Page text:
Leave Us the World: Apophasis, Dissent and the Pluralist Politics of Charles Bernstein’s Poetry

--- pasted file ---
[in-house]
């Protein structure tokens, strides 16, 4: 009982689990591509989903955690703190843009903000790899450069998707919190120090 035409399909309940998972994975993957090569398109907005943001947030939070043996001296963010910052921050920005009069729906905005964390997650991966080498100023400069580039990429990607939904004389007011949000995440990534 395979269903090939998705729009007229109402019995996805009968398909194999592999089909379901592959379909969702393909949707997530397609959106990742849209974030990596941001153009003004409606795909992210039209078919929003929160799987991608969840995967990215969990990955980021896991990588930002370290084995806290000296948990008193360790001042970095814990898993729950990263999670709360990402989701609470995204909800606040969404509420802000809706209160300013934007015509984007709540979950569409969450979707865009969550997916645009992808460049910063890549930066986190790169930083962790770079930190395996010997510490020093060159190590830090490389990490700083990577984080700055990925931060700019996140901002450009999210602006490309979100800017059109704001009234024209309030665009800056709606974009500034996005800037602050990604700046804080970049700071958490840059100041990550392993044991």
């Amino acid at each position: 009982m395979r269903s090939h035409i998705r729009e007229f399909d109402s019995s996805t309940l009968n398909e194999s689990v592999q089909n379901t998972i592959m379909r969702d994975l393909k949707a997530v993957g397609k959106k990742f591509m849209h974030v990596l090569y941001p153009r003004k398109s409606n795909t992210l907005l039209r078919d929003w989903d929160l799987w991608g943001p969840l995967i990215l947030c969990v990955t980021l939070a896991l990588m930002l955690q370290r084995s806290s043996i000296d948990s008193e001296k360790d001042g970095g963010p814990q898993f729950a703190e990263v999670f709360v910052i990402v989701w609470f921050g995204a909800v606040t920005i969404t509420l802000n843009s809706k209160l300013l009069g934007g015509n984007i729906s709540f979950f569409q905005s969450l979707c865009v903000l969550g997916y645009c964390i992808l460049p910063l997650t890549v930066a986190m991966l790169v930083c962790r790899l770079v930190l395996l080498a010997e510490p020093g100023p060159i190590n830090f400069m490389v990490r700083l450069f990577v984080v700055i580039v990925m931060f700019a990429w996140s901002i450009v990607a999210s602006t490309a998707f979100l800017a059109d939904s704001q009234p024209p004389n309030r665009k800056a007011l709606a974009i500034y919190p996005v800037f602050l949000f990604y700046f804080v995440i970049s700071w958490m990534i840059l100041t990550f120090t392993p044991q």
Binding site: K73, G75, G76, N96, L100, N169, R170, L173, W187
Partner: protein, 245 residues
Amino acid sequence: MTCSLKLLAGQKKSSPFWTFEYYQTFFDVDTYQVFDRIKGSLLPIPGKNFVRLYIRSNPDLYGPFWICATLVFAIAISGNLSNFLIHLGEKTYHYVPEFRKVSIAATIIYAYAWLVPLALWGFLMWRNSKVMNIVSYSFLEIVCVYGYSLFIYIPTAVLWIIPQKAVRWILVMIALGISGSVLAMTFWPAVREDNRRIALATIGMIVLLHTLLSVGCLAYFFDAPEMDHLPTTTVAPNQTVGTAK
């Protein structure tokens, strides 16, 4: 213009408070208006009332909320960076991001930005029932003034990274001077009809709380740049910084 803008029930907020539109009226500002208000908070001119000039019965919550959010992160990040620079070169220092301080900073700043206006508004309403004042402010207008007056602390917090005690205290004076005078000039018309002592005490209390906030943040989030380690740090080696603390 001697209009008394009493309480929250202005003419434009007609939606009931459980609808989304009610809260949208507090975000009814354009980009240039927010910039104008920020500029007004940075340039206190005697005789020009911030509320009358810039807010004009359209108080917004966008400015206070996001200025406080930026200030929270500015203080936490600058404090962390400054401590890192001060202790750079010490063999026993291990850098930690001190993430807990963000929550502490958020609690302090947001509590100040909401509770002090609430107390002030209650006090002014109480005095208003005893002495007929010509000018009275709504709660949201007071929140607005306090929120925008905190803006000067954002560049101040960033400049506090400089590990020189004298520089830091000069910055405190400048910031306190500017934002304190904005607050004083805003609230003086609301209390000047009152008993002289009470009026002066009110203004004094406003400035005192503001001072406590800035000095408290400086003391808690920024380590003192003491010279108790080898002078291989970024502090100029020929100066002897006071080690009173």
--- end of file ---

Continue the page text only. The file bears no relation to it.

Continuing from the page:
Charles Bernstein makes prominent use in his poetry of the strategy of apophasis—a rhetorical figure of negation wherein an individual denies saying something in the exact moment of saying it. Lagapa contends that Bernstein’s denials are elaborate rhetorical gestures that not only explain his poetic methods but also initiate a debate about the purpose and politics of poetry. Such contentiousness is key to a utopian poetics. Bernstein understands the discipline of poetry as composing one large polis, in which argument is essential to poetry’s vitality and a vibrant, democratic political process. Lagapa argues that a dissenting, pluralist arena constitutes what would be an ideal world for Bernstein, in which poetics and politics might be perpetually and vehemently contested for the sake of social progress.